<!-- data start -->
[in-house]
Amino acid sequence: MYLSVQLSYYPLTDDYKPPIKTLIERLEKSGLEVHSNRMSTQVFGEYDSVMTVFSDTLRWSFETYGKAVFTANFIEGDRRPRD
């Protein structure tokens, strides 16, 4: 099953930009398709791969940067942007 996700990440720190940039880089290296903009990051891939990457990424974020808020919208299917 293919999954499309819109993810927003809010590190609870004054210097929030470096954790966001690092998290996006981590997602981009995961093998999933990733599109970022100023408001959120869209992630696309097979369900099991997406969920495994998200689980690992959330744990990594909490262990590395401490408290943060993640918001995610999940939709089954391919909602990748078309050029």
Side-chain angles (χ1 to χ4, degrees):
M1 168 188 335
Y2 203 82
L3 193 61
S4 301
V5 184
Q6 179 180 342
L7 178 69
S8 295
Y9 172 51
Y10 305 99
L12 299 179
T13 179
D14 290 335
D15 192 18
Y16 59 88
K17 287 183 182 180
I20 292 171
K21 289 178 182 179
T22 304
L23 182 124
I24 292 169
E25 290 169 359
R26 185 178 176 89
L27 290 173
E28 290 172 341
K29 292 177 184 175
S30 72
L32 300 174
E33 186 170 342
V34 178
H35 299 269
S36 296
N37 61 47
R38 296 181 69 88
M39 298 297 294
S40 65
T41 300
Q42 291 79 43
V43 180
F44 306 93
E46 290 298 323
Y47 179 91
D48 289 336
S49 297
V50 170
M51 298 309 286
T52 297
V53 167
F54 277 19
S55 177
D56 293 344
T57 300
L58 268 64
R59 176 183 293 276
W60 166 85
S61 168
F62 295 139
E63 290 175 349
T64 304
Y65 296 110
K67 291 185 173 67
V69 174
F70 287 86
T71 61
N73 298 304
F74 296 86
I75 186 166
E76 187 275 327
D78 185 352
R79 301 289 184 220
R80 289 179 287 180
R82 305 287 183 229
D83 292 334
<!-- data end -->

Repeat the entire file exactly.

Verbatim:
[in-house]
Amino acid sequence: MYLSVQLSYYPLTDDYKPPIKTLIERLEKSGLEVHSNRMSTQVFGEYDSVMTVFSDTLRWSFETYGKAVFTANFIEGDRRPRD
């Protein structure tokens, strides 16, 4: 099953930009398709791969940067942007 996700990440720190940039880089290296903009990051891939990457990424974020808020919208299917 293919999954499309819109993810927003809010590190609870004054210097929030470096954790966001690092998290996006981590997602981009995961093998999933990733599109970022100023408001959120869209992630696309097979369900099991997406969920495994998200689980690992959330744990990594909490262990590395401490408290943060993640918001995610999940939709089954391919909602990748078309050029």
Side-chain angles (χ1 to χ4, degrees):
M1 168 188 335
Y2 203 82
L3 193 61
S4 301
V5 184
Q6 179 180 342
L7 178 69
S8 295
Y9 172 51
Y10 305 99
L12 299 179
T13 179
D14 290 335
D15 192 18
Y16 59 88
K17 287 183 182 180
I20 292 171
K21 289 178 182 179
T22 304
L23 182 124
I24 292 169
E25 290 169 359
R26 185 178 176 89
L27 290 173
E28 290 172 341
K29 292 177 184 175
S30 72
L32 300 174
E33 186 170 342
V34 178
H35 299 269
S36 296
N37 61 47
R38 296 181 69 88
M39 298 297 294
S40 65
T41 300
Q42 291 79 43
V43 180
F44 306 93
E46 290 298 323
Y47 179 91
D48 289 336
S49 297
V50 170
M51 298 309 286
T52 297
V53 167
F54 277 19
S55 177
D56 293 344
T57 300
L58 268 64
R59 176 183 293 276
W60 166 85
S61 168
F62 295 139
E63 290 175 349
T64 304
Y65 296 110
K67 291 185 173 67
V69 174
F70 287 86
T71 61
N73 298 304
F74 296 86
I75 186 166
E76 187 275 327
D78 185 352
R79 301 289 184 220
R80 289 179 287 180
R82 305 287 183 229
D83 292 334